funds

Lakewood eyeing OPWC funds for water main improvements throughout city

LAKEWOOD, Ohio — This summer Lakewood was awarded $750,000 in Water Main Replacement Project funds from the Ohio Public Works Commission (OPWC).

Now the city is planning to begin work next spring on Lauderdale Avenue (between Detroit and Madison avenues), Leedale Avenue (between Lake Avenue and Edgewater Boulevard) and Elbur Avenue (Between Athens Avenue and Lakewood Heights Boulevard).

“This is all part of our yearly OPWC grant application for water main improvements,” Lakewood City Engineer Mark K. Papke said. “These projects are currently in design. They’ll be going out to bid in the first quarter 2021, start in May and wrap up around November.”

The project cost is $4,716,850. In addition to the grant, the OPWC is also providing a zero-percent 20-year loan for $866,850. That means the city’s total contribution is nearly $4 million.

“These water mains were installed in the early 1900s,” Papke said. “Most of them are six-inch in diameter and cast iron. They get tuberculated — the metal grows on the inside of the pipe and reduces the diameter, which affects water flow.

“Also a lot of these have lead service connections that are being replaced with copper. So we upsized the water main to eight-inch diameter and put in six-inch fire hydrants rather than the existing four-inch. It improves the flow.”

Lakewood is also applying for the next round of OPWC funds to cover a sewer improvement project planned for portions of Andrews Avenue (Detroit Avenue to Clifton Boulevard) and Gladys Avenue (Detroit Avenue to Clifton Boulevard).

“Length-wise, the project is similar to the 2021 project, but we’re also including some necessary sewer improvements,” Papke said. “Some areas require heavier sewer upgrades than other ones.”

The city engineer said Lakewood not only entered into the agreement in July, but is currently at 75 percent of

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More than $1.5M in federal funds to go to improvements at parks on Oahu, Kauai and Maui

  • STAR-ADVERTISER / 2015
                                Beachgoers enjoyed Waimanalo Beach Park on Oahu. Hawaii is set to receive more than $1.5 million in federal funding to support improvements to city and state parks on Oahu, Kauai and Maui, according to U.S. Sen. Mazie K. Hirono.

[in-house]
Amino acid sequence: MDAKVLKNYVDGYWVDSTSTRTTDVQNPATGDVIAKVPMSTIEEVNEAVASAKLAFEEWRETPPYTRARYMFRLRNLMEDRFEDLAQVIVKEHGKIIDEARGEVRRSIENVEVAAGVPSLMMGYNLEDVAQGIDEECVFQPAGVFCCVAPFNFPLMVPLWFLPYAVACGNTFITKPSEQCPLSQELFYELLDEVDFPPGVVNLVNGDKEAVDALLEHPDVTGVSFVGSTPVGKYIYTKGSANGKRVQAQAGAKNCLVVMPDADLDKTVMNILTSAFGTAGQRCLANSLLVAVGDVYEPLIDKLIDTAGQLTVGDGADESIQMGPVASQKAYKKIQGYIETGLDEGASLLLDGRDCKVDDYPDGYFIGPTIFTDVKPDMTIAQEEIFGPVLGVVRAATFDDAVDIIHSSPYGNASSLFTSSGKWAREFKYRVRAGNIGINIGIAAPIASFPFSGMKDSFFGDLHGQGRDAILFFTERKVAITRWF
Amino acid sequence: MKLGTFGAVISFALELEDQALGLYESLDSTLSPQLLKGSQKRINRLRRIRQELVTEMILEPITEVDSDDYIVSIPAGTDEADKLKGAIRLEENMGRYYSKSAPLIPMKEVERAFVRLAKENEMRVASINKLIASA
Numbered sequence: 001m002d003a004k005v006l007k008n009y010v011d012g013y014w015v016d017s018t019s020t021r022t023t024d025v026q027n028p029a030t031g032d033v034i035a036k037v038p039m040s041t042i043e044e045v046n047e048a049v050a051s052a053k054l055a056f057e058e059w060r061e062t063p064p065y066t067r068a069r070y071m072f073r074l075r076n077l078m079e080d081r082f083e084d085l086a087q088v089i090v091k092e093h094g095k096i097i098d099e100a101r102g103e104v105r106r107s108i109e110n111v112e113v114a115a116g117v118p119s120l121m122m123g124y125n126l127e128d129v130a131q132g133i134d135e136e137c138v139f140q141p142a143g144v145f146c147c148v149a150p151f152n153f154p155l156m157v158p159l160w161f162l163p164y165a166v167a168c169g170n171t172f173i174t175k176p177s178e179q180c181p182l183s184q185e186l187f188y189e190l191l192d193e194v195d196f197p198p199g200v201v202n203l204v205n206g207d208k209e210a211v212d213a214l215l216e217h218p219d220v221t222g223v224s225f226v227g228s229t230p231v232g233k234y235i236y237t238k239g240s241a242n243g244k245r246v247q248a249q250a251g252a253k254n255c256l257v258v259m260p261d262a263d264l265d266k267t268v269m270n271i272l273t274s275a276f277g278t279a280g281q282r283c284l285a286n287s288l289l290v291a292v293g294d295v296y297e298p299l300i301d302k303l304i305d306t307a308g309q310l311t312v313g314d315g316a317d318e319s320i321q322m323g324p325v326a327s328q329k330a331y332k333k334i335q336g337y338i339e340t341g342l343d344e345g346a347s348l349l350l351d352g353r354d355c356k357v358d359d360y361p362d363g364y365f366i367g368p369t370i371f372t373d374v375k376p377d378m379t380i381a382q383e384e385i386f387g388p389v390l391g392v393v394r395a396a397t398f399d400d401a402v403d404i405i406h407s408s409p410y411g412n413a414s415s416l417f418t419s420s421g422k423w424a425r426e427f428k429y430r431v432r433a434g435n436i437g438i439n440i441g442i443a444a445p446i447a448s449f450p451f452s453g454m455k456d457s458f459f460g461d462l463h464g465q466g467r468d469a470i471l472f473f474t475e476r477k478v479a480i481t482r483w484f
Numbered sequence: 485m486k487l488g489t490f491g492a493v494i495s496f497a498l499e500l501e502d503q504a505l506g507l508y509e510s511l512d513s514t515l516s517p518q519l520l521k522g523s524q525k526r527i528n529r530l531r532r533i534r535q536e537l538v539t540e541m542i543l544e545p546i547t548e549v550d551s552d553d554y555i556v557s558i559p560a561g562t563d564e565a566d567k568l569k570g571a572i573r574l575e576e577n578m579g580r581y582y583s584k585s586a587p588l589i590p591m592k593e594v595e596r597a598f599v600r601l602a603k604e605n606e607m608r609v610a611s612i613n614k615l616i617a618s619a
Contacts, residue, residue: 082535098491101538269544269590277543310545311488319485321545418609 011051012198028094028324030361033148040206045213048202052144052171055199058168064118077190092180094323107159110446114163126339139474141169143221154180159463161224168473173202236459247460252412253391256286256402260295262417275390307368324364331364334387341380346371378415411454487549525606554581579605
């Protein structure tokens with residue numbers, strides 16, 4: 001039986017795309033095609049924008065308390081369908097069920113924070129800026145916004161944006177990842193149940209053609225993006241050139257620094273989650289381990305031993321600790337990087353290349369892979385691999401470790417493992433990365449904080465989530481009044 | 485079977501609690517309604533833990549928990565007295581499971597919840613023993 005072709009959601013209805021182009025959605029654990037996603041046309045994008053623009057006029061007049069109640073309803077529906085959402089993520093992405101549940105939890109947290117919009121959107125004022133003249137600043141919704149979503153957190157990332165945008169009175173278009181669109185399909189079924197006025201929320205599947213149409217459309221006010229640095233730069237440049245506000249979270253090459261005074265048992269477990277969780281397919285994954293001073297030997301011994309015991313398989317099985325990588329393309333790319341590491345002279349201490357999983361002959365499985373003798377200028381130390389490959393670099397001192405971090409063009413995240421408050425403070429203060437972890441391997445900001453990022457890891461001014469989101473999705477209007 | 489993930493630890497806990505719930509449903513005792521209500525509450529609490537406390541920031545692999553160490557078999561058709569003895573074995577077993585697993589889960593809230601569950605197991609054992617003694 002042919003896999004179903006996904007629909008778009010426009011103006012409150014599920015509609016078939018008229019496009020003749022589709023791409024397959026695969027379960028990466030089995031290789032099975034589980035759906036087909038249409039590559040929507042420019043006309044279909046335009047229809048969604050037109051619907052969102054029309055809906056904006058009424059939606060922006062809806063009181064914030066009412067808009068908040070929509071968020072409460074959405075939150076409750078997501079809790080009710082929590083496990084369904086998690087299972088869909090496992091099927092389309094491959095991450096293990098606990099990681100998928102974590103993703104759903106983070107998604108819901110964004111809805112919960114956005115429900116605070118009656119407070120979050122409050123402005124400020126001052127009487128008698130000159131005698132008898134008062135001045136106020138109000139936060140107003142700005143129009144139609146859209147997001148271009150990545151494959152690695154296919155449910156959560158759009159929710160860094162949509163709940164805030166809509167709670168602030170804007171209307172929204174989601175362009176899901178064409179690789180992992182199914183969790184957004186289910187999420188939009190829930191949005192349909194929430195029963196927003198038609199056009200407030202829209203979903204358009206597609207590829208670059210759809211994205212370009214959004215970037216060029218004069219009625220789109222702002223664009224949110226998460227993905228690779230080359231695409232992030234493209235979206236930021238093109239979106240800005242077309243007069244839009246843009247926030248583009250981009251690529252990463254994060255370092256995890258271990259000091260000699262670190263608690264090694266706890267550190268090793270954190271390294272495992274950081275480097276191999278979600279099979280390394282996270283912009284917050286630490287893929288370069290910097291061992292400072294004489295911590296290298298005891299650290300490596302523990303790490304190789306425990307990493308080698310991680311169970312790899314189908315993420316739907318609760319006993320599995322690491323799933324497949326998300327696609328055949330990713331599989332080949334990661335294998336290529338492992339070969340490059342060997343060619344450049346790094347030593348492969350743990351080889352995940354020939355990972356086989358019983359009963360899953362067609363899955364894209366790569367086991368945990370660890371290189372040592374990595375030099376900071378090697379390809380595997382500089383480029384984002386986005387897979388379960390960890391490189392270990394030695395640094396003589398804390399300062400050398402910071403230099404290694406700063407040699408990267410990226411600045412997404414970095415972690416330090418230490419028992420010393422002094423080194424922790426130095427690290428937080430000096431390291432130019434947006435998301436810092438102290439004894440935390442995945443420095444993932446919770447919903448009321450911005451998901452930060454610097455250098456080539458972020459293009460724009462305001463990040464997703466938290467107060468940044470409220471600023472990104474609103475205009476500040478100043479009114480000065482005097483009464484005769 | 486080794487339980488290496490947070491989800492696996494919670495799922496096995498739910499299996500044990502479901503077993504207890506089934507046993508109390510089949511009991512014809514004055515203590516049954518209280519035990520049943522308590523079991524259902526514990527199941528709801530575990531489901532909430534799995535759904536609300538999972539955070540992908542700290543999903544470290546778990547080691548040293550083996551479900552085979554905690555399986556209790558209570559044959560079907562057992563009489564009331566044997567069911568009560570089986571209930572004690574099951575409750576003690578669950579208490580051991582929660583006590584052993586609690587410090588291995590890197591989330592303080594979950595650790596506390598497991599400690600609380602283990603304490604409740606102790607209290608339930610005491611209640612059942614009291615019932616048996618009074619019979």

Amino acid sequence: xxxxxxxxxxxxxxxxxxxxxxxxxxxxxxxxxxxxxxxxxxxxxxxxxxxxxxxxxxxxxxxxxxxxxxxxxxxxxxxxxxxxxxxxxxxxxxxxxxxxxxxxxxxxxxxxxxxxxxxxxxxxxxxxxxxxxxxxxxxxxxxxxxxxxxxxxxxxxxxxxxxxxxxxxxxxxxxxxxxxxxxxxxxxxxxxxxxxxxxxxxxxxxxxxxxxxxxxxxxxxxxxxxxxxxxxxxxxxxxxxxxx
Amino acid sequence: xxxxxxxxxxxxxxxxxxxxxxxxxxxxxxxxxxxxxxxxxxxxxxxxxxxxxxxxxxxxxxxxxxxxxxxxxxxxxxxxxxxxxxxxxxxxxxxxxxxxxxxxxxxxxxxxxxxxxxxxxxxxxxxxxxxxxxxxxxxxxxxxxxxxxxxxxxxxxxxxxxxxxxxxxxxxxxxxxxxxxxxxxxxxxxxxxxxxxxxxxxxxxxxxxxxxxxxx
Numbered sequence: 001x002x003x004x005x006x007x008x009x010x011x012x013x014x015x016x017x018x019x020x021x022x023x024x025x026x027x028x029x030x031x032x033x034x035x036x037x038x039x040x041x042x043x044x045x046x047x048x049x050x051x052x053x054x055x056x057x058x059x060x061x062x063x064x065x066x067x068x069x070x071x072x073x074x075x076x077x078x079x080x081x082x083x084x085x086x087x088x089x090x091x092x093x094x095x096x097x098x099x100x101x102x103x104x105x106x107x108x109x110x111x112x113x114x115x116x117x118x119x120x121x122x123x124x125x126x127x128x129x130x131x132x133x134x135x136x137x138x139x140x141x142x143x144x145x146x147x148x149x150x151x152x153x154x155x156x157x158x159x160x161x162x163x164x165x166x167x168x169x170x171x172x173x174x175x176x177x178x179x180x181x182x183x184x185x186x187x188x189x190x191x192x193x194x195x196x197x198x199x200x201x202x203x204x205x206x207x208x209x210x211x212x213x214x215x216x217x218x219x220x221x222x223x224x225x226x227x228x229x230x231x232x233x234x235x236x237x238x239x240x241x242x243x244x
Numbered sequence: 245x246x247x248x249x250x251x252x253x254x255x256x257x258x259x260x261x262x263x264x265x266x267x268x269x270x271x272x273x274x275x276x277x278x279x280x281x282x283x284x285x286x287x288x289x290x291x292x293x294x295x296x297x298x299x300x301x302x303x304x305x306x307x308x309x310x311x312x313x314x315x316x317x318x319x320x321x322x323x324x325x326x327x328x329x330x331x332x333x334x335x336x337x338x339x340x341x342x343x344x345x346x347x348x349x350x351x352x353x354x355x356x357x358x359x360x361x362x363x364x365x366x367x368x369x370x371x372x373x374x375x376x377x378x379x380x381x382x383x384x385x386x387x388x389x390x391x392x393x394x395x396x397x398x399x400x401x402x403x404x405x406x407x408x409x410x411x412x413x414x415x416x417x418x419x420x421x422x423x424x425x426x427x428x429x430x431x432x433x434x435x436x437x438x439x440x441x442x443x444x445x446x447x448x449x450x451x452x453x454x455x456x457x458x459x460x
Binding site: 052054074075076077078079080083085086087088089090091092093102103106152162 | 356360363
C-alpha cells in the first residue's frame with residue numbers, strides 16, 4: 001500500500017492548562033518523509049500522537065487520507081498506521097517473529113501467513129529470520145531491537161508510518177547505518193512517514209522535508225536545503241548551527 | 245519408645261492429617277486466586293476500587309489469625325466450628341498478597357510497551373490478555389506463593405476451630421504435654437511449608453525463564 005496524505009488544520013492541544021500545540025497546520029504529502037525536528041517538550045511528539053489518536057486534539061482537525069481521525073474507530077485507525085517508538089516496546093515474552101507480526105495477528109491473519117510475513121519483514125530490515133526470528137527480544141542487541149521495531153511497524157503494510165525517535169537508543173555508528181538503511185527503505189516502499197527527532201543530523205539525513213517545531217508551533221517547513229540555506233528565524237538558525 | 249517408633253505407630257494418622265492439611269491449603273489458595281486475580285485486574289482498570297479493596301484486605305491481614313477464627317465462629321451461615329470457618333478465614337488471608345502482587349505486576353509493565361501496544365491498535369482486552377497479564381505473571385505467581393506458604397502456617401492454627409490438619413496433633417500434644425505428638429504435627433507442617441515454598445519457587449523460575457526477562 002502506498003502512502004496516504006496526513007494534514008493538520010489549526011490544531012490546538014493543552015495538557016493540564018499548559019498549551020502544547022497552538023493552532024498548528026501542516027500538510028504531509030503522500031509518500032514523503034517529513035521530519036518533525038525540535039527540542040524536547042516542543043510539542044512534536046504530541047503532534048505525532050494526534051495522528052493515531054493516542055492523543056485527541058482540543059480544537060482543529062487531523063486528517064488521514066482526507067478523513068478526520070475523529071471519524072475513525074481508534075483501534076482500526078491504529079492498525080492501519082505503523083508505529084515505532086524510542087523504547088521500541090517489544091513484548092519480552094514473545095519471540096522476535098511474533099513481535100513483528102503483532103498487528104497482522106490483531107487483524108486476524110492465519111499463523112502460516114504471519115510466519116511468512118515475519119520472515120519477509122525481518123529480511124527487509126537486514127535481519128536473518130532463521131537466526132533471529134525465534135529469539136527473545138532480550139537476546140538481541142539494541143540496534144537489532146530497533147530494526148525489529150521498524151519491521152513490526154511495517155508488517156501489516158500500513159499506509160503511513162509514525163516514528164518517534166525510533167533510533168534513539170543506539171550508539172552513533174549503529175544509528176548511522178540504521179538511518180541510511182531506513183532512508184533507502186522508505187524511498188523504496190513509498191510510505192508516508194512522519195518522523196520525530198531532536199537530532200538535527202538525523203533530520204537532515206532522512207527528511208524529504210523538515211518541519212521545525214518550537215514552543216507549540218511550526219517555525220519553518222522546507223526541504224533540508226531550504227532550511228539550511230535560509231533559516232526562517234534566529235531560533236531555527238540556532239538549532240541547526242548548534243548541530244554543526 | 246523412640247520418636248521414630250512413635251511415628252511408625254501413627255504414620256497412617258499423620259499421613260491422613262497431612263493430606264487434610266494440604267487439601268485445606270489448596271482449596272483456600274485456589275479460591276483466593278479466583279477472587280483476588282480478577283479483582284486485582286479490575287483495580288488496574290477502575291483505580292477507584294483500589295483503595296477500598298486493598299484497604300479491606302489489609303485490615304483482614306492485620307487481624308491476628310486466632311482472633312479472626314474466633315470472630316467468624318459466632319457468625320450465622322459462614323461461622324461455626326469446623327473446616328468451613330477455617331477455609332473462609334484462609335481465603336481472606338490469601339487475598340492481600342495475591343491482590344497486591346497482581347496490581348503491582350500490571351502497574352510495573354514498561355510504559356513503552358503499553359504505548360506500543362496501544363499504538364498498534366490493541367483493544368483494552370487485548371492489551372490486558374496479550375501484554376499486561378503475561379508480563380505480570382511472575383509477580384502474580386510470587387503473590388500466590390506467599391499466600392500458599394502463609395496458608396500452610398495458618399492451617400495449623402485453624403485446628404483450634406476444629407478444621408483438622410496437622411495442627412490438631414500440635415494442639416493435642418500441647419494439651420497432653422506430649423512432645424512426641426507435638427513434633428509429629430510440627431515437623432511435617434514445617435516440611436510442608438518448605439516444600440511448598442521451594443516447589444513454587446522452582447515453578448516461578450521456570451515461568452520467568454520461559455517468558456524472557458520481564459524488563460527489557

STAR-ADVERTISER / 2015

    Beachgoers enjoyed Waimanalo Beach Park on Oahu. Hawaii is set to receive more than $1.5 million in federal funding to support improvements to city and state parks on Oahu, Kauai and Maui, according to U.S. Sen. Mazie K. Hirono.

Hawaii is set to receive more than $1.5 million in federal funding to support improvements to city and state parks on Oahu, Kauai and Maui, according to U.S. Sen. Mazie K. Hirono.

The funding comes from the Land and Water Conservation Fund.

On Oahu, a total of $653,036 has been awarded to the City and County of Honolulu to update playgrounds and make other renovations at Geiger Community Park, Lanakila District Park, Aina Koa Neighborhood Park and Waimanalo Beach Park.

On Kauai, a total of $500,000 has been awarded to the Hawaii Department of Land and Natural Resources to make improvements to walkways, parking areas, and other facilities at Fort Elizabeth State Historical Park, and on Maui, another $500,000 for additional accessibility routes and restroom upgrades at Makena State Park.

“Hawaii has benefited from more than $260 million in funds from the Land and Water Conservation Fund over the last five decades,” said Hirono, a member of the Senate Energy and Natural Resources Committee, in a news release. “We know how vital our outdoor spaces have been during this pandemic. Funding these projects across our state will keep these parks well maintained so they can continue to be enjoyed.”

In June, Hirono voted to pass the Great American Outdoors Act, bipartisan legislation to address the National Park Service deferred maintenance backlog, and permanently and fully fund the LWCF.

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Airlines Used Cares Act Funds To Pay Workers. Airline Contractors Took Funds And Let Workers Go, Report Says

In the months after Congress allocated of hundreds of millions of dollars to keep airline industry employees working, passenger airlines applied for shares of that money and then then laid off less than 1% of their workers, until the funding ran out.

Airline contractors similarly applied for money and then laid off about 58,000 people, about 35% of their workers, a new report says.

“Contrary to congressional intent, Treasury permitted aviation contractors to lay off thousands of workers and receive full payroll support calculated based on the companies’ pre-pandemic workforce,” according to a report, released Friday by the House Select Subcommittee on the Coronavirus Crisis.

The report, “Unnecessary Costs: How the Trump Administration Allowed Thousands of Aviation Workers to Lose Their Jobs,” was issued by the House Select Subcommittee on the Coronavirus Crisis.